Time Travelling

I’ve just finished re-reading Thomas Hardy’s Far From the Madding Crowd, a book that I haven’t read since English Literature O-Level. Reading the book again, I was confronted by scribbled notes in margins, little insights which must have been pointed out by my English teacher (I can’t imagine having generated these nuggets myself); and I was transported back to those far off days of my youth…

I mentioned that I was reading this to some work colleagues and discovered that, whilst I have a very fond memory of the book (along with Charlotteb Bronte’s Jane Eyre), it would seem that I am in the minority. My sister and my wife*, for example, both hated their Eng. Lit. texts – Dickens in both cases – and consequently have a very low opinion of the classics.

I can therefore only conclude that it was my English teacher who made these books palatable to me, so here’s a big ‘thank you’ to Mrs. Hoyes, it would appear that you have made a positive difference to my life…

* my sister and my wife are of course different people – I didn’t grow up in Norfolk you know…

A different theatrical experience

Today we went to see York Theatre Royal‘s production of The Railway Children at the National Railway Museum.

It was fantastic! The staging was particularly novel, being centred around a length of railway track (the production was presented in one of the ‘sheds’ usually filled with locomotives); seating being arranged either side (‘Platform 1’ or ‘Platform 2’).

‘Wagons’ were used which bridged the track, and allowed for the scenes to be changed virtually seamlessly. A ‘proper’ steam loco also made an appearance in the production.

The wife and I found ourselves nearly weeping a quite a few points and, whilst it didn’t have the same effect on the kids, they were utterly rapt by the performance.

Anyway. I’d recommend that you see it 🙂

Computing Hardware: an argument that won’t go away

Why does the ‘Mac vs. PC’ argument still rumble on? Actually, given Apple’s change to x86 hardware, it’s more of a ‘OS X vs. Windows’ argument these days.

Criticisms of OS X/Mac always seem to be that the hardware is overpriced, and anyone who pays that much for their computing device must be a mactard; whereas Windows users always get the Windows is so susceptible to viruses, anyone who uses such a security-risk must be a wintard. Linux however is too complex for everyday use and because it’s Open Source, must have been coded by unskilled programmers – insisting on using it labels you as a freetard.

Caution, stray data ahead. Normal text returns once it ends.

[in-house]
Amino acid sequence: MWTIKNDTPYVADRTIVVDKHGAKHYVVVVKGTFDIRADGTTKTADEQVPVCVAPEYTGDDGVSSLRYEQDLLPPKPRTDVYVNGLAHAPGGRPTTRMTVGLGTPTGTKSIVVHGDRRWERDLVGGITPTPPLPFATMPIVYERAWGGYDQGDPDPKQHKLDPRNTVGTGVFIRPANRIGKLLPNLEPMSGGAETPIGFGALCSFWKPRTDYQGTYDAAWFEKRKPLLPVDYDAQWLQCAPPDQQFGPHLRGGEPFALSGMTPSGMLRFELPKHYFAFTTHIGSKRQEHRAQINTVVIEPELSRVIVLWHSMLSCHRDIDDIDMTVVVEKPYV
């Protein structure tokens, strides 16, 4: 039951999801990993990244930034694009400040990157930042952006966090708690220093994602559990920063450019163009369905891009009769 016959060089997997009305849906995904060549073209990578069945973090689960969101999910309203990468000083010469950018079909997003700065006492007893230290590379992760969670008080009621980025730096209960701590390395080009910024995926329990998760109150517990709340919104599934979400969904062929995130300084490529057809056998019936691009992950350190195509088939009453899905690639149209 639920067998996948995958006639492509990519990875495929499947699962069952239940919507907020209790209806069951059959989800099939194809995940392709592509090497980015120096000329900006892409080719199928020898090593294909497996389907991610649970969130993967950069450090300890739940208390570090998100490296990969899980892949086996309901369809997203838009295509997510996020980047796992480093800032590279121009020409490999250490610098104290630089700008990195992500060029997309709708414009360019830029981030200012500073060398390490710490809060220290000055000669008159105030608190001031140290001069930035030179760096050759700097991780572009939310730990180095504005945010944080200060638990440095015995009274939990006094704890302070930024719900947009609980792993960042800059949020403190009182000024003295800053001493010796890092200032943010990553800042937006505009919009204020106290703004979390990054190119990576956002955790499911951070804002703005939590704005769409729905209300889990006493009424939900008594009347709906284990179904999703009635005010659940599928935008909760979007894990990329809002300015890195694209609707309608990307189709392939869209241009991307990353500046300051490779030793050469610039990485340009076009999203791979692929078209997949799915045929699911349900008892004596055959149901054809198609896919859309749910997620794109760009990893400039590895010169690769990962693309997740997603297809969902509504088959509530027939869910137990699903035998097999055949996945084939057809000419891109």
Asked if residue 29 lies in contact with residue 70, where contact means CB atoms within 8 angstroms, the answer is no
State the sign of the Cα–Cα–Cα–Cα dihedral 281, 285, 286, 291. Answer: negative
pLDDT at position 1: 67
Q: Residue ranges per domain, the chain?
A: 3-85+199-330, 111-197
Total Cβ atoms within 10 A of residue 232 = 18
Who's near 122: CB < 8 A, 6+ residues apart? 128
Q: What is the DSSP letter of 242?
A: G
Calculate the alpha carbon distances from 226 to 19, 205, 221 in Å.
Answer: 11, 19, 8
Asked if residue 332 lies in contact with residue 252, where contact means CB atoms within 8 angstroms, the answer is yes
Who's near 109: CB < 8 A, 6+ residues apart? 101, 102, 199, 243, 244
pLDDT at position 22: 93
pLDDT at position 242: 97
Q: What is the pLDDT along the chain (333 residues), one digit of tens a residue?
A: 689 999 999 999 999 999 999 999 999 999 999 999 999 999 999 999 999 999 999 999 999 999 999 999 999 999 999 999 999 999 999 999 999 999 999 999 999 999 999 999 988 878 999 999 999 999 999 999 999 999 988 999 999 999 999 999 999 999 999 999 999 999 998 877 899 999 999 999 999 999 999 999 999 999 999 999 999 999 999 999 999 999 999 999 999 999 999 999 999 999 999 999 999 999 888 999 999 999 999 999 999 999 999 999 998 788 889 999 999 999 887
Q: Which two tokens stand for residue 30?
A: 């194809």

First things first: if all you can say about someone who uses a system that you don’t is to call them a “…tard”, then you’ve lost any argument you were hoping to make. The end.

Surely if a computer does what you want it to do, then what does it matter which OS you’re using? I suspect that most people use computers for:

  • Browsing the internet
  • Email
  • Managing photos
  • Entertainment (video/music/games)
  • Writing letters

Actually, I suspect that the last one of these is a very minor occupation these days and, whilst I would rather sit in my front room with my HiFi and TV (and Playstation), I know that many people don’t…

So, why does this argument rattle on? Being a user of all three systems, I find Windows to be too fragile and prone to inexplicable slowness (boot times in particular seem to lengthen with each passing day); Linux is just a bit raw (and some things still seem to require some ‘expert’ knowledge, even with things like Ubuntu Gutsy Gibbon – the last Linux I was using); OS X has some support issues still, and Apple’s closed hardware business model sometimes leaves me wishing I had more choice.

Should Apple allow OS X to run on standard ‘PC hardware’? I don’t think so – by using their own (limited) hardware choices they are able to improve usability and reliabilty; the innumerable combinations of PC hardware out there would need some serious testing. And anyway, it’s Apple’s software, they can licence it however they like. By restricting OS X to Apple hardware, they are potentially losing OS licence sales, but that’s their choice and it’s not currently harming them, perhaps it’s even helping their business – if you want to switch to OS X, then you need to buy a Mac.

Since Linux is free, then why aren’t more people using it? For my part, I see the Linux ‘community’ as far too fractured; there seems to be lots of petty infighting (cf. KDE vs. Gnome) which, if it were put aside and all parties pulled in the same direction, would make the OS much more coherent and hopefully usable (instead of writing yet another window manager, why not address real problems – such as boot times?).

Which would I use out of choice? I am still extremely happy with my MacBook (rev.1) with OS X 10.4. The hardware is solid, boot times are very quick, and it gets the job done. I have to use Windows (XP) at work, because it’s what our customers use (I’m a software developer by day). I am happy to have left Linux behind at my last job where I was using it as a desktop system for 15 months (very slow booting, clunkiness in general when compared to OS X although more stable than XP).

Just don’t call me a Mactard…